Bitanga i princeza

From Wikipedia, the free encyclopedia
Jump to: navigation, search
Bitanga i princeza
Bitangaiprincezacover.jpg
Studio album by Bijelo Dugme
Released March 16, 1979
Recorded Studio PGP RTB, Belgrade
January 1979
Genre Hard rock
Symphonic rock
Length 32:43
Label Jugoton
Producer Neil Harrison
Bijelo Dugme chronology
Koncert kod Hajdučke česme
(1977)
Bitanga i princeza
(1979)
Doživjeti stotu
(1980)

Bitanga i princeza (trans. The Brute and the Princess) is the fourth studio album by Yugoslav rock band Bijelo Dugme, released in 1979.

Bitanga i princeza was Bijelo Dugme's first album to feature Điđi Jankelić on drums.[1] It was the band's last hard rock-oriented album before their switch to new wave in the following year.[1]

In 1998, Bitanga i princeza was polled as the 10th on the list of 100 greatest Yugoslav rock and pop albums in the book YU 100: najbolji albumi jugoslovenske rok i pop muzike (YU 100: The Best Albums of Yugoslav Pop and Rock Music).[2] In 2015, the album was pronounced the 15th on the list of 100 greatest Yugoslav albums published by Croatian edition of Rolling Stone.[3]

Background[edit]

Original Bitanga i princeza artwork, designed by Dragan Stefanović and refused by Jugoton

After the departures of drummer Ipe Ivandić and keyboardist Laza Ristovski, both of whom ended up leaving the band in 1978 following the release of their side project Stižemo (Here We Come), Bijelo Dugme got rejoined by keyboardist Vlado Pravdić, who left the band in 1976 to serve his mandatory army stint, while Ivandić was replaced with Điđi Jankelić, who previously played on the band's frontman Željko Bebek's solo album Skoro da smo isti (We're Almost the Same).[1] The band started preparing their new album during 1978 in Niška Banja‚ while Bijelo Dugme's leader Goran Bregović was still serving the army in Niš, but they definitely reunited in Sarajevo on November 1.[1]

Originally, the band's record label, Jugoton, scheduled the recording in London's AIR Studios (in which the band's previous two studio albums were recorded) for the end of November, in order for the record to be released before New Year holidays.[4] However, after it became clear that the band would not be able to record in November, and new schedule in AIR Studios could not be made, the recording sessions were moved to Belgrade.[5] The album was recorded during January 1979 in PGP-RTB Studio in Belgrade, and mastered in Abbey Road Studios in London. The album was, as the band's previous two studio albums, produced by Neil Harrison.[6] It did not feature the band's trademark folk-influenced hard rock sound, as it featured almost no folk music elements, while the ballads "Kad zaboraviš juli" and "Sve će to mila moja prekriti ruzmarin, snjegovi i šaš" featured a symphonic orchestra.[7]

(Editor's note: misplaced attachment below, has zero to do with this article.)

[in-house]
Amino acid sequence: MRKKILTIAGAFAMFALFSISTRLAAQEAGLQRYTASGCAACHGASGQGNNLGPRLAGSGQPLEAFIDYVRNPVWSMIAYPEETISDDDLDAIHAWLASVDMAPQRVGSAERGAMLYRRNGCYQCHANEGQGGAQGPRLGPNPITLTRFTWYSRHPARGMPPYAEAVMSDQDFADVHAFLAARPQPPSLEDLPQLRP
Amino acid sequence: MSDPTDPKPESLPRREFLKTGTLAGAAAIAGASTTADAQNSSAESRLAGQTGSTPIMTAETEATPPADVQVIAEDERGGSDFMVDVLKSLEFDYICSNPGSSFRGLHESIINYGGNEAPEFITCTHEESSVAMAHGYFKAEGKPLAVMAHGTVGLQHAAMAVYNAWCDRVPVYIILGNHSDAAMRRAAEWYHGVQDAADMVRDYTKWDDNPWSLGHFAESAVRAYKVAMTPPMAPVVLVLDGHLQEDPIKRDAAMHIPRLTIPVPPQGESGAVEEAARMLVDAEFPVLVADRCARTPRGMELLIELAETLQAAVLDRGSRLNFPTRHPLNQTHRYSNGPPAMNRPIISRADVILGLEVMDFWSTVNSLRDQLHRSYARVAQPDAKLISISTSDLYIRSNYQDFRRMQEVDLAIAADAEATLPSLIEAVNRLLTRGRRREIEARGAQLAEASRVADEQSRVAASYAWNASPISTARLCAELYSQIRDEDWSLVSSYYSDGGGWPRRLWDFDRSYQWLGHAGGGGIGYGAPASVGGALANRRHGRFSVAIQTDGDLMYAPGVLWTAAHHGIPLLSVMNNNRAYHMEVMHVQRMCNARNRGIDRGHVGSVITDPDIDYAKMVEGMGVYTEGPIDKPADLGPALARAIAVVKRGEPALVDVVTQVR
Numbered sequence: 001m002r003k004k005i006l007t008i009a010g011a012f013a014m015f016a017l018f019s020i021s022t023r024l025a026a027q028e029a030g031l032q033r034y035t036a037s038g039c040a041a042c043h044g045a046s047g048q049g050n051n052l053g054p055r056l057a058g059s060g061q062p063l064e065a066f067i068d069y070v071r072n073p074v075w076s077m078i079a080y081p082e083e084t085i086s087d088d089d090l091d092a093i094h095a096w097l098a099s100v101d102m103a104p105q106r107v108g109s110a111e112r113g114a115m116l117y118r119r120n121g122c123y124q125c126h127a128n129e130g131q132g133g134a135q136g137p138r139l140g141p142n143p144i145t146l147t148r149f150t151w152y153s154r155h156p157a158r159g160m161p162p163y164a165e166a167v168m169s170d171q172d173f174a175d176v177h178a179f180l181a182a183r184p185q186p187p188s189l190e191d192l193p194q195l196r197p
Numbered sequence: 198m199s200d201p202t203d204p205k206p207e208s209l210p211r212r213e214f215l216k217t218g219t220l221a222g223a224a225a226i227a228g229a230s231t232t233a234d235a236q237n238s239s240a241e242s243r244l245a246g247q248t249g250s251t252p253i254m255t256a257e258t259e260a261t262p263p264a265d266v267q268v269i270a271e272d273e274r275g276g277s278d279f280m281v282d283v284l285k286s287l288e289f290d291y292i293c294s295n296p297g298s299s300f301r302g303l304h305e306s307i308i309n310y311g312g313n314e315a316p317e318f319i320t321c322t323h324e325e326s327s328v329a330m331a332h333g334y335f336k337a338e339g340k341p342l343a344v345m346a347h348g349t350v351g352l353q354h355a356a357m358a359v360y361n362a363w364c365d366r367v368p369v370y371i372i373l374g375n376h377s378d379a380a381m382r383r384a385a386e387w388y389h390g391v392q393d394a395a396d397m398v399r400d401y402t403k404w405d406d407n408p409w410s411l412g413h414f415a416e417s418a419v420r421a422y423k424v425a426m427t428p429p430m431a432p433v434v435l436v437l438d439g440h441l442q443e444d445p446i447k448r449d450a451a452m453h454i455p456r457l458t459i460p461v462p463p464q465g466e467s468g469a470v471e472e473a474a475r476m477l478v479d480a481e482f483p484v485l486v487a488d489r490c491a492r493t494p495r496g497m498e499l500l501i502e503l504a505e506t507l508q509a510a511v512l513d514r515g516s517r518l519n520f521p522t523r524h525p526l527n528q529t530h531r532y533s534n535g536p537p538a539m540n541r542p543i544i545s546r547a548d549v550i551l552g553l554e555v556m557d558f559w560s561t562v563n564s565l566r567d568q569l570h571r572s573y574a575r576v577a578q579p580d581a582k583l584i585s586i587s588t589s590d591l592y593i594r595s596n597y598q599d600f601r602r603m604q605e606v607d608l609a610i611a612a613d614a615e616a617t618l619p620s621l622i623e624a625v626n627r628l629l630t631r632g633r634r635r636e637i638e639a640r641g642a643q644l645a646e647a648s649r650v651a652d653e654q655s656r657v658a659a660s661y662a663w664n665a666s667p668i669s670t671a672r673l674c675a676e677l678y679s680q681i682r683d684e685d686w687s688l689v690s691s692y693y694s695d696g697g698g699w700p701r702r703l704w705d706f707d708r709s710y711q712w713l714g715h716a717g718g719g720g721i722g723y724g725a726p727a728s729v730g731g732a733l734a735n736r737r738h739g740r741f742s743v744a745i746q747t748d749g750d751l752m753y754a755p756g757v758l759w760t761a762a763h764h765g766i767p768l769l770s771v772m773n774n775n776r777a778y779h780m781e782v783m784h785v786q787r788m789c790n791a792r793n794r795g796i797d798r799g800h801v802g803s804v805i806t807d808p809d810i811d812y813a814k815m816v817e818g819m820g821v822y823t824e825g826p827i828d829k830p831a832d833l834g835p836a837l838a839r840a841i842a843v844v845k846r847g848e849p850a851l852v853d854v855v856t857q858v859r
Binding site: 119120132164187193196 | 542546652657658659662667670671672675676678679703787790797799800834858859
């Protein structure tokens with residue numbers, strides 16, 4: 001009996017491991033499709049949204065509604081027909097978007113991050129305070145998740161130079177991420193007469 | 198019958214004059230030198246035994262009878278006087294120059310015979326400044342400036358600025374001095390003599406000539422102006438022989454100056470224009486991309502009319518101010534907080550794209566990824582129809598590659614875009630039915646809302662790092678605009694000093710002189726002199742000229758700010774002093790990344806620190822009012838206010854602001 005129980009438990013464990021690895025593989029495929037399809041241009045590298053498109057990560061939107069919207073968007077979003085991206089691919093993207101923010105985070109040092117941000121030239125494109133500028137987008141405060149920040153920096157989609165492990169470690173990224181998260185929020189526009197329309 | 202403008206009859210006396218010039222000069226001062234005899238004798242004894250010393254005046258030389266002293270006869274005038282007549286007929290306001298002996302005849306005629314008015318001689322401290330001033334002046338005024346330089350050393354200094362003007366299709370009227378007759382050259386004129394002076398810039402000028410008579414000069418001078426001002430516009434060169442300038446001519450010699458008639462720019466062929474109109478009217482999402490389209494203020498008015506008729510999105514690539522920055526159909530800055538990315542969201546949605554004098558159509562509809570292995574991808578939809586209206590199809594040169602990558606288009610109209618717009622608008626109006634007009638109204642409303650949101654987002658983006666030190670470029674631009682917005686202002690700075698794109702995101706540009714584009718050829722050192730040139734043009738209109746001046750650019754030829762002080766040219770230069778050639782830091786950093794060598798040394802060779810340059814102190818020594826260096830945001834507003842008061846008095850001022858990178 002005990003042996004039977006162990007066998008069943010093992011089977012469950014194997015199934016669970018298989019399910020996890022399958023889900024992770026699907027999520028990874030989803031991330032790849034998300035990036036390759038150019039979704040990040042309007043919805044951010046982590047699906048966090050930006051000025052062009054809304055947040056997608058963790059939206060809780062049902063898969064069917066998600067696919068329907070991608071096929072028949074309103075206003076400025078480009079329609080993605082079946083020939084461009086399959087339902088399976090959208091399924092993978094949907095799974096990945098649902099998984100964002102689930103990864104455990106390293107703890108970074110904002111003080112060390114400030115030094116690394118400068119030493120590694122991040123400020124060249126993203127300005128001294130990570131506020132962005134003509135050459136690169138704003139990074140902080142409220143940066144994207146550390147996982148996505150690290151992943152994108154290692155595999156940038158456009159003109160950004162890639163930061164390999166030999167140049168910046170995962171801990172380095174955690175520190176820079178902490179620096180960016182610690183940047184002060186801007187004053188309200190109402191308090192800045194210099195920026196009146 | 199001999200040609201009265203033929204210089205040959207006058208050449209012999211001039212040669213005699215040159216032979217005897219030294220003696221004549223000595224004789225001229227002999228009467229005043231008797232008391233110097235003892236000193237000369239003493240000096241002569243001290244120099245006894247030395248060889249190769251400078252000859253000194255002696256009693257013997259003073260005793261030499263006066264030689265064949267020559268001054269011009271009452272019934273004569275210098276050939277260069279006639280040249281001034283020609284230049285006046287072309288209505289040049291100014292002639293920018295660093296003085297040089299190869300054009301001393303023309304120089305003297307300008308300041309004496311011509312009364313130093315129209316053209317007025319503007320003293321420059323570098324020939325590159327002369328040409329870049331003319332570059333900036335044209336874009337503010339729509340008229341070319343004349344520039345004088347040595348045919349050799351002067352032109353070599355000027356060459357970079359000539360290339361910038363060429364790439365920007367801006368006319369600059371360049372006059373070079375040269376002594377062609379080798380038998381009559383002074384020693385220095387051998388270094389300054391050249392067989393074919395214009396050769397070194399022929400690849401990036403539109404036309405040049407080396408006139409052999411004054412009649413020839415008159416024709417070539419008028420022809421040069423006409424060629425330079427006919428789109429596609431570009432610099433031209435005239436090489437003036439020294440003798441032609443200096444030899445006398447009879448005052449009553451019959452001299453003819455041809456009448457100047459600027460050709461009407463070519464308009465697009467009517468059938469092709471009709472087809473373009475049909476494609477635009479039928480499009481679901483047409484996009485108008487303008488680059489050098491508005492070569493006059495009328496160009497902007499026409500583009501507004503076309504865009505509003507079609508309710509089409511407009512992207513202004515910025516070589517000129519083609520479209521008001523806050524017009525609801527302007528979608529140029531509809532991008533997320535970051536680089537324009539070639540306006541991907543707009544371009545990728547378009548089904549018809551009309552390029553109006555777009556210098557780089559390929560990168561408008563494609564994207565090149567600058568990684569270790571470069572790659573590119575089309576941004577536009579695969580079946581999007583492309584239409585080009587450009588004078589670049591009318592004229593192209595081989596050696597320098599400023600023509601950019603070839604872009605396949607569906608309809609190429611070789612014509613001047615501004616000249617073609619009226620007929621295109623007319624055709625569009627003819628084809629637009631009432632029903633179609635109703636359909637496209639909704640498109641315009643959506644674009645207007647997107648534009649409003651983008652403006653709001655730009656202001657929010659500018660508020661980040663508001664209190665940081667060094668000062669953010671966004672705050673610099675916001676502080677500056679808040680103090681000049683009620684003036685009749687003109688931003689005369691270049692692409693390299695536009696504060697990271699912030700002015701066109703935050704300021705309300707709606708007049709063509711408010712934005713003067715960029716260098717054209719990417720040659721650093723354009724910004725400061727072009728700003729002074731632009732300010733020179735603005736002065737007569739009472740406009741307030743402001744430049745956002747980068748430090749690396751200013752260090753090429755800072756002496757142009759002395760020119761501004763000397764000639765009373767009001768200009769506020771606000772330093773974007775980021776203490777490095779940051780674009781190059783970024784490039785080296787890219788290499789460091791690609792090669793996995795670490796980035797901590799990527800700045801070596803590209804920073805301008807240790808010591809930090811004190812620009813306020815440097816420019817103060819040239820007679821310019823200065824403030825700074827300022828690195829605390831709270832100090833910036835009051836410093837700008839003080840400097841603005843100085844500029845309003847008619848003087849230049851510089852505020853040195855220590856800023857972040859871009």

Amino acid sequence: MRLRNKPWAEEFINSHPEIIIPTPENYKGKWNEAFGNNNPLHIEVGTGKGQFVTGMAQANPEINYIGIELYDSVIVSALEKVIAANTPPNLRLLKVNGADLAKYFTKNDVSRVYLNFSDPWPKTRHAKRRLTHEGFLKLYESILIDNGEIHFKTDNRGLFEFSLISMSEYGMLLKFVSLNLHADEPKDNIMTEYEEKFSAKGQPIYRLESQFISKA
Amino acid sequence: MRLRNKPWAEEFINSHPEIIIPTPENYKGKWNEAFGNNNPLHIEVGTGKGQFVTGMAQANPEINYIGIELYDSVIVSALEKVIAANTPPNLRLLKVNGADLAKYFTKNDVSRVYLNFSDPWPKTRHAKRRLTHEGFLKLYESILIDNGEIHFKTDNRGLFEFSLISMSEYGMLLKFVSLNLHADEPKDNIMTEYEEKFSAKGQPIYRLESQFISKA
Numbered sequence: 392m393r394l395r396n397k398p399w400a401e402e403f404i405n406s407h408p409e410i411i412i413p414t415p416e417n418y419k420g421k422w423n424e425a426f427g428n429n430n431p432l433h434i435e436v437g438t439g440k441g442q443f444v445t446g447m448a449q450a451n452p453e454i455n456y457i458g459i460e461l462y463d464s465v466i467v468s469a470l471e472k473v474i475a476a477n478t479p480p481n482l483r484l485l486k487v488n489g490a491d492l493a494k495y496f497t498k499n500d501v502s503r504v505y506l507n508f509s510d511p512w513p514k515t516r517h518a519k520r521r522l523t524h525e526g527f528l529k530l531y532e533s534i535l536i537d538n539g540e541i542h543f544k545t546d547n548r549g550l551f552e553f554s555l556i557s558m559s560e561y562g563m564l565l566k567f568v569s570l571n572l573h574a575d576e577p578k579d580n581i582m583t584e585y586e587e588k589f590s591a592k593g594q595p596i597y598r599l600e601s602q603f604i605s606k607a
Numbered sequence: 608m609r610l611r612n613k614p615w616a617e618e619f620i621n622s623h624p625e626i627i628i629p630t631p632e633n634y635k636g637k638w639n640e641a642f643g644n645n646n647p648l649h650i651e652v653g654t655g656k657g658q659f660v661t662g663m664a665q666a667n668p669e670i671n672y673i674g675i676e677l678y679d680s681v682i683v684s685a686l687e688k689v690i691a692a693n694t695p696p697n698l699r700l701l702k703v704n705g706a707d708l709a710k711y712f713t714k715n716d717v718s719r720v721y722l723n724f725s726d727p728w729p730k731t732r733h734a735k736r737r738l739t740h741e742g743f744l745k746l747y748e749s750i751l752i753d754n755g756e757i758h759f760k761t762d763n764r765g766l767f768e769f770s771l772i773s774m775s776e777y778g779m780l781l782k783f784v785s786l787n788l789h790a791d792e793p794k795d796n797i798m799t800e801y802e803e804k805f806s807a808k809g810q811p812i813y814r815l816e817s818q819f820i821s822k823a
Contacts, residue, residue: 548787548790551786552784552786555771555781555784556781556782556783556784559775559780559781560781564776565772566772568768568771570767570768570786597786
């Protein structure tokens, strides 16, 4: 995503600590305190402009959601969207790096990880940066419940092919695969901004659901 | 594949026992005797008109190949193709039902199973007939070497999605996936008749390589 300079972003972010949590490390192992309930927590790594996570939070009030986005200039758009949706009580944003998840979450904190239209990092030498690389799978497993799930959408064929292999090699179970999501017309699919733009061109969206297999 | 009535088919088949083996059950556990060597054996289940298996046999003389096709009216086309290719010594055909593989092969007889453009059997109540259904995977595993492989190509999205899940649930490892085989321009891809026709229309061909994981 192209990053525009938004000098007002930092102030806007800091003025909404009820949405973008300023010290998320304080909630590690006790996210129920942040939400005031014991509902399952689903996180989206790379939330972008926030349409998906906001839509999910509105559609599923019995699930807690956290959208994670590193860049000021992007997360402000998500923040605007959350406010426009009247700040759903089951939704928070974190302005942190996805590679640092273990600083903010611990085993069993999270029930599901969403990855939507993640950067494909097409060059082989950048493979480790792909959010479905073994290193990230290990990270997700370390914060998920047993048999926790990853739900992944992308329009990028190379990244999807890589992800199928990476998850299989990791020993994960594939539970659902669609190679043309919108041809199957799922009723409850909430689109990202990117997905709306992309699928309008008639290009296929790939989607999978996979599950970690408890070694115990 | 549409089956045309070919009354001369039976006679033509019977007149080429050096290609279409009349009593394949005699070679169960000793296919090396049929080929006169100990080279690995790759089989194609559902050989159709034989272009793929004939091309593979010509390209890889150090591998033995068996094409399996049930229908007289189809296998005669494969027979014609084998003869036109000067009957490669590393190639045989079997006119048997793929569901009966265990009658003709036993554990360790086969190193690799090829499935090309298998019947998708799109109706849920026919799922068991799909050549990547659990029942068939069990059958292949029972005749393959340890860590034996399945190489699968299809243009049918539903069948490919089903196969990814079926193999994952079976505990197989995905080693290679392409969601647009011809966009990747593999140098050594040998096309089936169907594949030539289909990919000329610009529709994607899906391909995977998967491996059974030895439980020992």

The making of the album was followed by censorship. The original cover, designed by Bijelo Dugme's old collaborator Dragan Stefanović and featuring female leg kicking male's genital area, was refused by the band's label, Jugoton as "vulgar".[1] Stefanović then designed an entirely white album cover, but it was refused by Jugoton editors with the explanation that it would demand the album to be cheaper.[8] The album ended up featuring a cover designed by Jugoton's designer Ivan Ivezić.[1] The verse "Koji mi je moj" ("What the fuck is wrong with me") was excluded from the song "Ala je glupo zaboravit njen broj", and the verse "A Hrist je bio kopile i jad" ("And Christ was bastard and misery") from the song "Sve će to, mila moja, prekriti ruzmarin, snjegovi i šaš" was replaced with "A on je bio kopile i jad" ("And he was bastard and misery").[1]

The album was released on March 16, 1979.[6]

In April 1979, in an interview for Džuboks magazine, Bregović, stated that he accepted to edit the lyrics, but that he objected the altering of Stefanović's cover:

Bregović commented the editing of "Ala je glupo zaboravit njen broj" and "Sve će to, mila moja, prekriti ruzmarin, snjegovi i šaš" lyrics:

In 2005, on the recording of the documentary series Rockovnik, Bregović stated: "Now I probably wouldn't write that verse."[10]

Track listing[edit]

All songs written by Goran Bregović.

No. Title Length
1. "Bitanga i princeza" ("The Brute and the Princess") 3:46
2. "Ala je glupo zaboravit' njen broj" ("It's so Stupid to Forget Her Number") 3:53
3. "Ipak, poželim neko pismo" ("Still, I Wish for a Letter") 4:29
4. "Kad zaboraviš juli" ("When You Forget July") 4:29
5. "Na zadnjem sjedištu moga auta" ("On the Back Seat of My Car") 3:56
6. "A koliko si ih imala do sad" ("And How Many of Them Have You Had Till Now") 4:18
7. "Sve će to, mila moja, prekriti ruzmarin, snjegovi i šaš" ("All of That, My Dear, Will Be Covered by Rosemary, Snow and Reed") 7:49

Personnel[edit]

Additional personnel[edit]

  • Neil Harrison - producer
  • Maja Odžaklijevska - backing vocals
  • Slobodan Marković - synthesizer
  • Vojkan Borisavljević - arranged by (track 4)
  • Ranko Rihtman - arranged by (track 7)
  • Chris Blair - mastered by
  • Nick Glennie-Smith - recorded by
  • Rade Ercegovac - recorded by
  • Ivan Ivezić - design

Reception[edit]

Bitanga i princeza was upon its release praised by the critics as Bijelo Dugme's finest work until then.[1] Almost every song on the album became a hit.[1] The album broke all the records held by the band's previous releases.[1] The final number of copies sold was about 320,000.[7]

The tour following the album release was also successful. The band managed to sell out Belgrade's Pionir Hall for five times, dedicating all the money from these concerts to the victims of the 1979 Montenegro earthquake.[1] On September 22, the band organized a concert under the name Rock spektakl '79. (Rock Spectacle '79) on JNA Stadium, with themselves as the headliners. The concert featured numerous opening acts: Crni Petak, Kilo i Po, Rok Apoteka, Kako, Mama Rock, Formula 4, Peta Rijeka, Čisti Zrak, Aerodrom, Opus, Senad od Bosne, Boomerang, Prva Ljubav, Revolver, Prljavo Kazalište, Tomaž Domicelj, Metak, Obećanje Proljeća, Suncokret, Parni Valjak, Generacija 5 and Siluete.[11] More than 70,000 spectators attended the concert.[1]